After two full days of desert winds and scorching heat, we bring you a highlight reel of new bikes and gear from Bootleg Canyon. Stay tuned for much, much more from inside the halls of Interbike all the rest of this week. Find the latest reports here: http://bikemag.com/interbike-2009
Sabrina Jonnier rode the new Rocky Flatline to six podiums this year. Now, completely updated and revised over previous years’ Flatline Freeride models, this World Cup model will be available to the masses for 2010.
DT Swiss’s new Tricon tubeless wheels weigh 1,550 grams a set, use straight-pull Aerolite spokes, two-piece hubs, and a unique concave rim profile that reduces weight and increases stiffness compared to other rims. Cost is $1,350.
DT Swiss’s new Star Ratchet upgrade gears offer twice-as-fast engagement with 36 engagement points, up fron 18. If you have DT swiss star-ratchet drive hubs, this is a no-brainer: instant upgrade.
Chris King, not one to rush anythign to market before it's ready, is offering "InSet" headsets for integrated headtube/headset bikes for the 2010 season. The new units come in a bevy of beautiful shades and configurations. This set shown here is coming stock on bikes like the Santa Cruz Blur LTc—which uses a press-in lower 1.5-inch cup and an integrated upper 1.125 cup.
Good loving don't come cheap, and if Chris King is going to guarantee its bearings will work for a lifetime-plus or riding, you'd better make sure your bike's headtube is up to Chris King's exacting specs. Pictures here are reamers and facers for both 1.5-inch and 1.125-inch integrated-headset headtubes.
WTB's new redesigned Weriwolf tread is the most complicated mold the company's vendor has ever produced. An added row of knobs eliminates the "drift" sensation of the old tread, thanks to an added row of knobs and "ziggurat" shaped outer knobs that give gradually and then grip solidly. Beta-tester Mark Weir went through seven different rubber durometers before settling on a 50/60 blend that rolls fast and corners hard.
WTB’s new TCS (Tubelss Compatible System) bead works with any UST rim or tubeless kit. It differs from UST tires in that it has a thinner casing, but the company says its “Inner Peace” nylon liner makes for a plenty-strong setup.
Ibis’s longer-travel, stiffer heavy-duty Mojo: the "HD." This one's not yet ready for public consumption, but look for it as a later-in-the-season release.
The paintjob is red white and blue, but this is the V-10 Steve Peat rode to finally collect the rainbow stripes.
Behold: The carbon FTM from Titus. The frame will retail for $2,695.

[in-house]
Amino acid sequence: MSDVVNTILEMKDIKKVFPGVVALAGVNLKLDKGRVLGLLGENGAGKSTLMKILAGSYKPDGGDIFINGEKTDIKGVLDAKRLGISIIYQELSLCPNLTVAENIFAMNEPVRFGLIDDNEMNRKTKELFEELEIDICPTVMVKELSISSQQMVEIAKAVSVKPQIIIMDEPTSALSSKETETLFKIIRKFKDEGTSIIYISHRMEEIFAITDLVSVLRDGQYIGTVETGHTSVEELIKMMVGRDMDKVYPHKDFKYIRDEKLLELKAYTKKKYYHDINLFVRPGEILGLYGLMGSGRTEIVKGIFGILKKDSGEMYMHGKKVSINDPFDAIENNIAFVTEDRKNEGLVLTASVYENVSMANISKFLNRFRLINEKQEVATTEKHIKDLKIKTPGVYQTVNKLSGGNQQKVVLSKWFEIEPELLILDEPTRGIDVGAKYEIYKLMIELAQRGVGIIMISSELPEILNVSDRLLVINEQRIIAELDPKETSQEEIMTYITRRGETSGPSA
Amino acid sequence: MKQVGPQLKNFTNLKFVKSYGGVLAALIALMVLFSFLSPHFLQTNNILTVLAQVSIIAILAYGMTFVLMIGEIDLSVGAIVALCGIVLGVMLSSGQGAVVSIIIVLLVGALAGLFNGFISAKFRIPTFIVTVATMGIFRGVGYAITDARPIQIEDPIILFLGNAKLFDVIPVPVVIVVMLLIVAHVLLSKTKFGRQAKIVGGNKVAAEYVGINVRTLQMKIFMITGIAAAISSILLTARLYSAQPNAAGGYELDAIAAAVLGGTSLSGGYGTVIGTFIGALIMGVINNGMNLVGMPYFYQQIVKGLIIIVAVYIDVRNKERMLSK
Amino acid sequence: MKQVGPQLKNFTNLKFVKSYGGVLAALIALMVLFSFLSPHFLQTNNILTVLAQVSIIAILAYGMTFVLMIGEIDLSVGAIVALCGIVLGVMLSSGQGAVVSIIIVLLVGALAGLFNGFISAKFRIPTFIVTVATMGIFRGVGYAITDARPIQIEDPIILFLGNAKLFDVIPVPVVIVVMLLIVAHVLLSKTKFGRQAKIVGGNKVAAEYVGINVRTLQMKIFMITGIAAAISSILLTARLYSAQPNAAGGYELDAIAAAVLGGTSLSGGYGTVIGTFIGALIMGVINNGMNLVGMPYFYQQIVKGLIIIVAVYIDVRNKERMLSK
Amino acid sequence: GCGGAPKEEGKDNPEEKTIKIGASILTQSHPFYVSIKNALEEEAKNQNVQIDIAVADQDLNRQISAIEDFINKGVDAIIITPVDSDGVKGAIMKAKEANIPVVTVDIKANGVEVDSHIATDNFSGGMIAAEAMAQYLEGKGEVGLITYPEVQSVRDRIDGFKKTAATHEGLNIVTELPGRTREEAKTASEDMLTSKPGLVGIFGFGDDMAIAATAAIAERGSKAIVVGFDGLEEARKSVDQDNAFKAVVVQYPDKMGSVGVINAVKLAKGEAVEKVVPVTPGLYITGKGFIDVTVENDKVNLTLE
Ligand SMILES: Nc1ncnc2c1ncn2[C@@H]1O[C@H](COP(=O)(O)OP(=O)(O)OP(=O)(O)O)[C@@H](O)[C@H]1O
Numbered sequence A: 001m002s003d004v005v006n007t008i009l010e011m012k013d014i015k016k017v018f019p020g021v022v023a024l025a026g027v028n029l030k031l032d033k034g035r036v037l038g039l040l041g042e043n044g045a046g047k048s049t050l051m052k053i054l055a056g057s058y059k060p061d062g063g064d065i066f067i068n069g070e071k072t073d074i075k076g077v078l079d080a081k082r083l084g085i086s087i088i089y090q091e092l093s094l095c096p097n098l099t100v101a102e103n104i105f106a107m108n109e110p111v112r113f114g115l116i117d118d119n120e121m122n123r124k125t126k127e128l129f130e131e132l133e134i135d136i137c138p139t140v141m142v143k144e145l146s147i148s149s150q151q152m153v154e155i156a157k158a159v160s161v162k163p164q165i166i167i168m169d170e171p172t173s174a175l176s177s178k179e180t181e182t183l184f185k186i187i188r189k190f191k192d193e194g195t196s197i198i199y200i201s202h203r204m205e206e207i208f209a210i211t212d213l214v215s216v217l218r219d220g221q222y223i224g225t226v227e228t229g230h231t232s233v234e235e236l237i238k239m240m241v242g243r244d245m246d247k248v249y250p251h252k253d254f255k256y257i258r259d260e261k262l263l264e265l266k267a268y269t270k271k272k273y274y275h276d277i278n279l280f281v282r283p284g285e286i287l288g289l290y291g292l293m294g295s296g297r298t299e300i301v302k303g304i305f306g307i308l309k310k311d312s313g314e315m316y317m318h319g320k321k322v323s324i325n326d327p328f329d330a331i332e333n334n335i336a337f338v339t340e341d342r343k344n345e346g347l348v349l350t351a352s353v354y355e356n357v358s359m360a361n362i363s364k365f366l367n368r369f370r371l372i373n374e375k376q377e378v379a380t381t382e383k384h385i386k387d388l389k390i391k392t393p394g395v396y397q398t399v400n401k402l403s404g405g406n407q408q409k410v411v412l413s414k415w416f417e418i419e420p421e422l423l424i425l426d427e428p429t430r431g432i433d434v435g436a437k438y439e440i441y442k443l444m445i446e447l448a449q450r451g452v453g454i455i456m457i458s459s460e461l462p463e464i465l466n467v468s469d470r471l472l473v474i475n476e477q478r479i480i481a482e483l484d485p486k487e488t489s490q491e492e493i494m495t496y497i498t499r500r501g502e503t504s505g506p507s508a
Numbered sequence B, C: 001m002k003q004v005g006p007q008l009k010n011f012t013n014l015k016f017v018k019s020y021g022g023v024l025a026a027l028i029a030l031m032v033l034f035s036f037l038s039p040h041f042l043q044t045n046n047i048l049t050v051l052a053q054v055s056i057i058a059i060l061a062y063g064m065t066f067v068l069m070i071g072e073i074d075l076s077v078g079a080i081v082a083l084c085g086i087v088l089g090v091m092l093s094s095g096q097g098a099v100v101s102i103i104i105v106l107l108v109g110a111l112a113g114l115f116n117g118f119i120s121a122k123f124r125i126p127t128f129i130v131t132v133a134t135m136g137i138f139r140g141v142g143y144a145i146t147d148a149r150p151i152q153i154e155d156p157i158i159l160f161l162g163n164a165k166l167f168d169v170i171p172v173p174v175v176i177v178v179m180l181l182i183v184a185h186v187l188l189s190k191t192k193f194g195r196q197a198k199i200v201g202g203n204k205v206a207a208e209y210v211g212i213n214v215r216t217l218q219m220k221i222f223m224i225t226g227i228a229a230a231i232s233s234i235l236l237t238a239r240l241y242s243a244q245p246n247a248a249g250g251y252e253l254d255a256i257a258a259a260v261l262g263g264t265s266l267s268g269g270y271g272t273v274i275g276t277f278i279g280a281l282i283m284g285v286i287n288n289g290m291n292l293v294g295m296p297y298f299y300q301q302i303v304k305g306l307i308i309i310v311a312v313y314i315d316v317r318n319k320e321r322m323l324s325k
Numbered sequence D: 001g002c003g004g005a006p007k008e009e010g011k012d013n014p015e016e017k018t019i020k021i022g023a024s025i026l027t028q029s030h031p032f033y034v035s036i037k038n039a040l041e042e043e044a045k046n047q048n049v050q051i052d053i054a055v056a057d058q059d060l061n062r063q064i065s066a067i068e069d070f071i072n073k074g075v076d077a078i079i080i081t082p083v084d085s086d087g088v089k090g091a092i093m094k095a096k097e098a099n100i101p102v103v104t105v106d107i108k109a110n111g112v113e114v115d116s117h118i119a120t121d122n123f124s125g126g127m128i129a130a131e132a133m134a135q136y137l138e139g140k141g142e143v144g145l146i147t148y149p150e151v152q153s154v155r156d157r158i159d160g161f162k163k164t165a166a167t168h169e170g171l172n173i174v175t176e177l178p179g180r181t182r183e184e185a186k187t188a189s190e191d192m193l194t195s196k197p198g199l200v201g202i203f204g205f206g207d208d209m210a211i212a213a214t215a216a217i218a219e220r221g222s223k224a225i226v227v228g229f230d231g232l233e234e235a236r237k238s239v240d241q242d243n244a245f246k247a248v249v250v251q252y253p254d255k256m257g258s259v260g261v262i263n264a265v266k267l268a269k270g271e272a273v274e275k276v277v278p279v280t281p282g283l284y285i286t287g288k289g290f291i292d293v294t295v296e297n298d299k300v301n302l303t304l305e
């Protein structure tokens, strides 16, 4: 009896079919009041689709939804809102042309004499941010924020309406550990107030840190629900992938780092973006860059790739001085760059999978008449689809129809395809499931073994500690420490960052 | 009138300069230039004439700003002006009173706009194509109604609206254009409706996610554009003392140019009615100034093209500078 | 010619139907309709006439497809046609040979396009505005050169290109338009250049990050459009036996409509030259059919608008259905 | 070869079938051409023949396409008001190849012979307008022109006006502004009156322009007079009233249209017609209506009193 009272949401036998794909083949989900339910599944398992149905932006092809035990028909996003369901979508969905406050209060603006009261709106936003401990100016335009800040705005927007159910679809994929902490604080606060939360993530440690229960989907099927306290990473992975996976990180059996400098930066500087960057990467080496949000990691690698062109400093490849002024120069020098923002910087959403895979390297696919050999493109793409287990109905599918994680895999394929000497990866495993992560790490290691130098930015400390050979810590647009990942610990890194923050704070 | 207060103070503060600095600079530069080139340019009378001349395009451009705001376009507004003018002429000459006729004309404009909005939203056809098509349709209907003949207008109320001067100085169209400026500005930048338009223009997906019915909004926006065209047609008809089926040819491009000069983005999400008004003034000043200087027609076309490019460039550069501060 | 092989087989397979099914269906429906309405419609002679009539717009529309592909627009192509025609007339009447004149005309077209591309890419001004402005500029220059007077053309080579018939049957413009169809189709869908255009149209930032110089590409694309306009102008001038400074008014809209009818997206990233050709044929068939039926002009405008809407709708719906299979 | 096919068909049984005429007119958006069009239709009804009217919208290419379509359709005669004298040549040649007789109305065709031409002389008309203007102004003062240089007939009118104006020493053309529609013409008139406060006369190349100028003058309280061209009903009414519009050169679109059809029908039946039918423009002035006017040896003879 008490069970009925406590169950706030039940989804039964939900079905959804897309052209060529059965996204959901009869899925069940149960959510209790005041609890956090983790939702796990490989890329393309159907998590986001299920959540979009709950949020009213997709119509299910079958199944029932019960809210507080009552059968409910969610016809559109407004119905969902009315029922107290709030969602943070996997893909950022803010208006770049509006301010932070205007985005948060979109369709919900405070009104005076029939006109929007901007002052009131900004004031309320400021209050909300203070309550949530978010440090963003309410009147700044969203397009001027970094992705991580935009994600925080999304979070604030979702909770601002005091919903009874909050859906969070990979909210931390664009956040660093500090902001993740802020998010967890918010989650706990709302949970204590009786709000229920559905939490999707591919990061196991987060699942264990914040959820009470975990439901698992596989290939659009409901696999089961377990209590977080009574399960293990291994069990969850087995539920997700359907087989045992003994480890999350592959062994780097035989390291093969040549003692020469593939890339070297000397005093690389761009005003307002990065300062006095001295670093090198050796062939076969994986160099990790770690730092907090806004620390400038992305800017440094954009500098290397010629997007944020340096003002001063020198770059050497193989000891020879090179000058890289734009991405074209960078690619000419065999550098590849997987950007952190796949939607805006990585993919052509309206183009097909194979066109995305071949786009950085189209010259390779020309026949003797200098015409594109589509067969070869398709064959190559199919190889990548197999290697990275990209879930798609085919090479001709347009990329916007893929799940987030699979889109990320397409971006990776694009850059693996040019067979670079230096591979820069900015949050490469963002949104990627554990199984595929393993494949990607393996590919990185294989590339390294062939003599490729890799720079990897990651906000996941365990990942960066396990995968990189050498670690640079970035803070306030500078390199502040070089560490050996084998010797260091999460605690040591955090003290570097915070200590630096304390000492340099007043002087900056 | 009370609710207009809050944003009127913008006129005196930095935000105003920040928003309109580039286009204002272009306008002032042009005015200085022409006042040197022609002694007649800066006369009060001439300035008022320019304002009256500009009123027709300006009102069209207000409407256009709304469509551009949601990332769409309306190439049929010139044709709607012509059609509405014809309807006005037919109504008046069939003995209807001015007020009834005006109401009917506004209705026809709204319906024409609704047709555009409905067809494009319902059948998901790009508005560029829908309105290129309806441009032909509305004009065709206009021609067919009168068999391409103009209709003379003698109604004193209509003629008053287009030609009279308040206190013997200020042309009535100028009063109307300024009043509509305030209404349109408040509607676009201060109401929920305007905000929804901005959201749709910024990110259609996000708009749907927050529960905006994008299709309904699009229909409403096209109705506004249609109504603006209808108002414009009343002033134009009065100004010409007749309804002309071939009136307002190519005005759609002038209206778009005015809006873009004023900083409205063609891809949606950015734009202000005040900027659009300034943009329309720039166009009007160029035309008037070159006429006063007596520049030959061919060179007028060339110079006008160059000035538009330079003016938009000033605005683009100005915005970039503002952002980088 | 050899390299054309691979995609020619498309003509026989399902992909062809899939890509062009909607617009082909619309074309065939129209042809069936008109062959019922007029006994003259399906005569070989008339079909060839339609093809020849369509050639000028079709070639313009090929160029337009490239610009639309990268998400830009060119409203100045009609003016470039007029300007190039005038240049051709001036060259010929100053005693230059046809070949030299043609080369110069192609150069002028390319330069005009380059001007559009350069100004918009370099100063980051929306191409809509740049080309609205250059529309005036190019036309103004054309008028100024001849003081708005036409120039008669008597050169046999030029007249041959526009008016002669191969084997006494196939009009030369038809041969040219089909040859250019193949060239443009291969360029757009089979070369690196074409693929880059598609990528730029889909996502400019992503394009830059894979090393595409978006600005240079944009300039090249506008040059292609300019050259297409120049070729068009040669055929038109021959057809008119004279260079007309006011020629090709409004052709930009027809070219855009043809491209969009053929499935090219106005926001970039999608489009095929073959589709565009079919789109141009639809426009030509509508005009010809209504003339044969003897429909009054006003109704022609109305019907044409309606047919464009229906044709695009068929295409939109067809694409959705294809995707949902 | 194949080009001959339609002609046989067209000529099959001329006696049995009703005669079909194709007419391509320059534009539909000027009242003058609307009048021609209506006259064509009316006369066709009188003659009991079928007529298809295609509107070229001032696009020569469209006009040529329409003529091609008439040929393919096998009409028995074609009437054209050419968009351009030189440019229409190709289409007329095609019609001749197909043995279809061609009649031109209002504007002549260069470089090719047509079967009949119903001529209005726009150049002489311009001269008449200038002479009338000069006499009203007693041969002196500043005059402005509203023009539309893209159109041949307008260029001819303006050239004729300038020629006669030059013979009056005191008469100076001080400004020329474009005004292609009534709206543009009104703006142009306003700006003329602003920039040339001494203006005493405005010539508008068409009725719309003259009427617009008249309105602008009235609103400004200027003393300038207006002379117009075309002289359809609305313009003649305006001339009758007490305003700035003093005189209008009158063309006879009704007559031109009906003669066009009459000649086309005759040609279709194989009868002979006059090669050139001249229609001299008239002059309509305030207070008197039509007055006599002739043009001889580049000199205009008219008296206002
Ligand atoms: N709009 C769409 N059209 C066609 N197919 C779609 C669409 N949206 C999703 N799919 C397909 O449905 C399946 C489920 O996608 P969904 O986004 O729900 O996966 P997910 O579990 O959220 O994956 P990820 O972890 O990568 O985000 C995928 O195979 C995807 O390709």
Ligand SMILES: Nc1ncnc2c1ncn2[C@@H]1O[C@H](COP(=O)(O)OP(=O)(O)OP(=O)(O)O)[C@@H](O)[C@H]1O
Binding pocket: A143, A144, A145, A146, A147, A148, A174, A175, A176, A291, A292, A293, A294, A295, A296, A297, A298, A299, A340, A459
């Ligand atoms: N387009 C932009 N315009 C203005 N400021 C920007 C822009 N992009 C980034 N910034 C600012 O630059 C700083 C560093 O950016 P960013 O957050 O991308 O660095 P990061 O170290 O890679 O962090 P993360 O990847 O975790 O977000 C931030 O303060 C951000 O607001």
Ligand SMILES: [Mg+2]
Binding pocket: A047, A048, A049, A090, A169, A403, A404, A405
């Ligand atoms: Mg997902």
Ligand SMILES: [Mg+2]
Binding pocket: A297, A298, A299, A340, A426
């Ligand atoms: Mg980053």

Even though the frame is new, Titus kept the FTM’s proven Horst-link suspension
Commencal’s carbon Super 4. To make their bikes more competitively priced, Commencal’s U.S. distributor BTI will offer custom component packages that could save up to 25 percent off the current complete bike prices.
Keeping the water flowing at Bootleg was critical. Enter Camelbak, with it's idiot-proof Flow Meter.
GT unveiled its new Sensor trail bike this summer. This is the just-released 29-inch version
Steve Peat is a bar-game master. He’s pretty good at riding bikes, too. He competed against dealers at On Dirt Demo (and against an onlooking Brian Lopes) for the chance to win a signature Peaty D3 helmet..
After throwing some darts, shaking some hands, kissing some babies and signing some boobs, we caught up with Peaty for a quick word on what the future holds.
Tomac is using a redesigned linkage on its new bikes. Tecate sold separately.
Foes has updated its 6-inch FXR to add a tapered headtube, 150-millimeter rear-axle spacing and an extra brace—and this to a bike that wasn't lacking any in the stiffness department. Throw in the yin to that yang—a buttery smooth XTD Air shock with the frame's 2:1 leverage ratio, and you've got yourself a trail bike that'll swallow just about anythign you throw at it.
150-millimeter spacing is now standard on Foes FXRs.Jamis was on hand to demo its new SixFifty B2 'tweener-wheel trail bike, which dishes out 120 millimeters of travel and sports a wheel size smack dab between 26 and 29 inches
Ellsworth’s new Glimpse is the company’s lowest-cost model—though with a retail price of about $3,400, it’s still a premium product. The bike’s frame tubes are manufactured in Ellsworth’s Washington factory, but shipped to Asia for shaping and bike assembly.
Ellsworth wheels will now come on many of the company’s complete bikes.
The Glimpse still features some pretty nice parts, including this Ellsworth seat post collar.
Canfield's new appropriately named Crampon pedal sports a seriously thin profile.